I frequently remind participants that it is up to the questioner to determine what works for him or herself—that this is information-gathering from which they are to pick and choose what seems most meaningful and relevant to themselves. Handled well, it should end up with a deep bonding and a sense of being seen and supported by the whole.
The leader is responsible for seeing that the pace moves briskly along, that no one challenges, harangues or criticizes another, and that no one tries to impose their views. The Respondent responds to, rather than “answers” the question. The responses may be possible actions for the questioner to consider but should never be insisted upon. Respondents should not be allowed to lecture or argue for their perspective, nor should other participants question someone’s interpretation. It can sometimes be wise to begin a response with: “If this were my issue, I’d . . .” Personally, I offer gentle but frequent reminders that as respondents, we “don’t have to fix anything,” as this is an essential theme for me. Always support the Questioner’s assessment, for the questioner is the final arbiter of his or her own life. The most relevant information tends to rise to the top. On the other hand, encourage everyone to open themselves to new possibilities.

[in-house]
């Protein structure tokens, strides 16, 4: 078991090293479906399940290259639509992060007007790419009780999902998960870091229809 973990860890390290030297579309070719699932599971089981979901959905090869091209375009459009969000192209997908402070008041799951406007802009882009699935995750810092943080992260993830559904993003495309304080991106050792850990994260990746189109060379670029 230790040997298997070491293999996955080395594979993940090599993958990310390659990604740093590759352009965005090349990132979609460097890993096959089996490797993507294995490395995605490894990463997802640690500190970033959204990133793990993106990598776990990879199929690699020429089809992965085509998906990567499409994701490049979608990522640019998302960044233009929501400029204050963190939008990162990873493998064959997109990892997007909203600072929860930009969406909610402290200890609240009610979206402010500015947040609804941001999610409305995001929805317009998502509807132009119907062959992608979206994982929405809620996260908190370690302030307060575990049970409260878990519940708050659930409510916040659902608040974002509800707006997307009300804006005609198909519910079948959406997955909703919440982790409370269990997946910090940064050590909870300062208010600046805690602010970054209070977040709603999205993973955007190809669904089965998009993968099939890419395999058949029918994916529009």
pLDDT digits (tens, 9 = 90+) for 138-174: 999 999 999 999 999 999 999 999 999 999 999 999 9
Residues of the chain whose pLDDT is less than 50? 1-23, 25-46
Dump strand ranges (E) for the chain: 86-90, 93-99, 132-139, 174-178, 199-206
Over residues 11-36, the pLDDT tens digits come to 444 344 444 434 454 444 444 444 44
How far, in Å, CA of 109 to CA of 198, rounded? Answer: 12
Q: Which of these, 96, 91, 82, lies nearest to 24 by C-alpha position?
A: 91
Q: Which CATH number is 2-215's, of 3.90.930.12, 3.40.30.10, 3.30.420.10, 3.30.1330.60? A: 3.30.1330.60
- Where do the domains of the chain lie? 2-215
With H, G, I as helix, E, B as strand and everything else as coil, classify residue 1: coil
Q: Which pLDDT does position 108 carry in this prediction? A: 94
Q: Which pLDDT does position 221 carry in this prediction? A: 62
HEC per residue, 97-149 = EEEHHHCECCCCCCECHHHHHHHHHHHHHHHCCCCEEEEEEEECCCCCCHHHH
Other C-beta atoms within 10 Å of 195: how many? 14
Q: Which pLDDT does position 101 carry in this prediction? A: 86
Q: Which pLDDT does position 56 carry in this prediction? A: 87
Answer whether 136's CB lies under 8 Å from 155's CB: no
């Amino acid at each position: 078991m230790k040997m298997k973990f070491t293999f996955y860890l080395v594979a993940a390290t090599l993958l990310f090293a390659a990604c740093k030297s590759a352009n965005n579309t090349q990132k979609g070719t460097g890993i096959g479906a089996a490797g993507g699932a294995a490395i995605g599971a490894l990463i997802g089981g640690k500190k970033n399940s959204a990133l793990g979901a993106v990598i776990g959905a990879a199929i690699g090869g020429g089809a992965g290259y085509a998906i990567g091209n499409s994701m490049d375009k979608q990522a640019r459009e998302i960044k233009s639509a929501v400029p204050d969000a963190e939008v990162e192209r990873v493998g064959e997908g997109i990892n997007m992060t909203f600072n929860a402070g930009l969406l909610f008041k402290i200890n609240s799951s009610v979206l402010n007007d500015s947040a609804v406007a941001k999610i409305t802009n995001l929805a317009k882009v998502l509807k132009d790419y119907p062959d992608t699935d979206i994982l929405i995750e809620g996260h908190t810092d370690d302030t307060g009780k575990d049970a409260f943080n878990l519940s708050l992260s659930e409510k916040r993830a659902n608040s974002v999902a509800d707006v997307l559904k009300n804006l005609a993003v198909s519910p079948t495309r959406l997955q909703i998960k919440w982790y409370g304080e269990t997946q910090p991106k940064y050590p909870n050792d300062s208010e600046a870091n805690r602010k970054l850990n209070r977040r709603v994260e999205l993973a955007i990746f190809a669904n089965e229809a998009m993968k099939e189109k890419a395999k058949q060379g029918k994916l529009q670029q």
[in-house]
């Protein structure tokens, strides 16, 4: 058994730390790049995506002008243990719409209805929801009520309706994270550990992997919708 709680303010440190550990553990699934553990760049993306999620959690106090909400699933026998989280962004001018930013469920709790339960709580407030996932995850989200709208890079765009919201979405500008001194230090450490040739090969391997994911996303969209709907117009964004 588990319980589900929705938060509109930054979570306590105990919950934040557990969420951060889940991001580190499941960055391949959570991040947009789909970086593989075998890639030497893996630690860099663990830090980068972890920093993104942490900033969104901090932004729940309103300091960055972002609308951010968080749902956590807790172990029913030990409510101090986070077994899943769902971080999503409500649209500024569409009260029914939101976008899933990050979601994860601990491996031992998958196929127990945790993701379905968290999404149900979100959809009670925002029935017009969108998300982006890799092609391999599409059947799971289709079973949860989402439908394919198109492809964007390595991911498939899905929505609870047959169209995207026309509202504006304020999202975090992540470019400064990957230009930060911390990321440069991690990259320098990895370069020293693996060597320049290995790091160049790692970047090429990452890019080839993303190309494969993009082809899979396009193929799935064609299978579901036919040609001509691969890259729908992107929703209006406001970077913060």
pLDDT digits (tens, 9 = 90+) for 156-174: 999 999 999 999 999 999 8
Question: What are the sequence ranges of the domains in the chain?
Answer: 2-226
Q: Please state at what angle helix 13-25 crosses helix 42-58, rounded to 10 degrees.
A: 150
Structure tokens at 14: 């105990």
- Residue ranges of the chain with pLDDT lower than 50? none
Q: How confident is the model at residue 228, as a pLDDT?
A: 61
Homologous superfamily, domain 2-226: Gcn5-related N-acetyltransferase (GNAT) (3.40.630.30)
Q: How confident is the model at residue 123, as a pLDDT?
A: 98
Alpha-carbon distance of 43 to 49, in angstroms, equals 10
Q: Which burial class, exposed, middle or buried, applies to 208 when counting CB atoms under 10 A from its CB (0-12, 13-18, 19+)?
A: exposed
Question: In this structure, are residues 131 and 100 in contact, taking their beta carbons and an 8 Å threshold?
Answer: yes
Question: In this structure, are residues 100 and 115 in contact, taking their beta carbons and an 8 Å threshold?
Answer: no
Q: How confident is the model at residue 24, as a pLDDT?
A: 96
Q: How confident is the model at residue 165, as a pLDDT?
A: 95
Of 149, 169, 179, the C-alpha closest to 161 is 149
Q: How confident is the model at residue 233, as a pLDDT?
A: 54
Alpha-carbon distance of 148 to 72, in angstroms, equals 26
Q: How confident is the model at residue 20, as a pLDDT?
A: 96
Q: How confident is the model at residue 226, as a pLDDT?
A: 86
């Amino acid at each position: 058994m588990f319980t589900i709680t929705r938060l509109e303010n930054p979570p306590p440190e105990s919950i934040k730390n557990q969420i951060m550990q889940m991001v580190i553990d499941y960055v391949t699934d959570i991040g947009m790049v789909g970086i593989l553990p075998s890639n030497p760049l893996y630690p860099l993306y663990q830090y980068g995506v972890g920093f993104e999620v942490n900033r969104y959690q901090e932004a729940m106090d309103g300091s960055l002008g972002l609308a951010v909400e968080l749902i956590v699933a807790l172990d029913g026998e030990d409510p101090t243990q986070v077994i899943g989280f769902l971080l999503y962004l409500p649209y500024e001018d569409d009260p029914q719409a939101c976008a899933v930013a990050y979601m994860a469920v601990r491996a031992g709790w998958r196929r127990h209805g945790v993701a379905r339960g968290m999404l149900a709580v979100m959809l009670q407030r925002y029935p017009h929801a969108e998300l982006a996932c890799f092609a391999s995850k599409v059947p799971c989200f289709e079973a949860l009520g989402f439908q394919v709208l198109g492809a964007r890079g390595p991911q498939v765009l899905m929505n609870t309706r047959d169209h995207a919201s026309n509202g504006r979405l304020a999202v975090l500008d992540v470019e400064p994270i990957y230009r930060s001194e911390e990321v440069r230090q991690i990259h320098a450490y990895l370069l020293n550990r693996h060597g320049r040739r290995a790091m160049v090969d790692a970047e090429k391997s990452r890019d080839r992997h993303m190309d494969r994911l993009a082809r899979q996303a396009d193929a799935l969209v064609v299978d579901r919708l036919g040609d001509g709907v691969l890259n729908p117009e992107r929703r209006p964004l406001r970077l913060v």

What is said in the circle stays in the circle and should never be mentioned elsewhere. Trust is paramount, which is especially apparent in the Council Circle.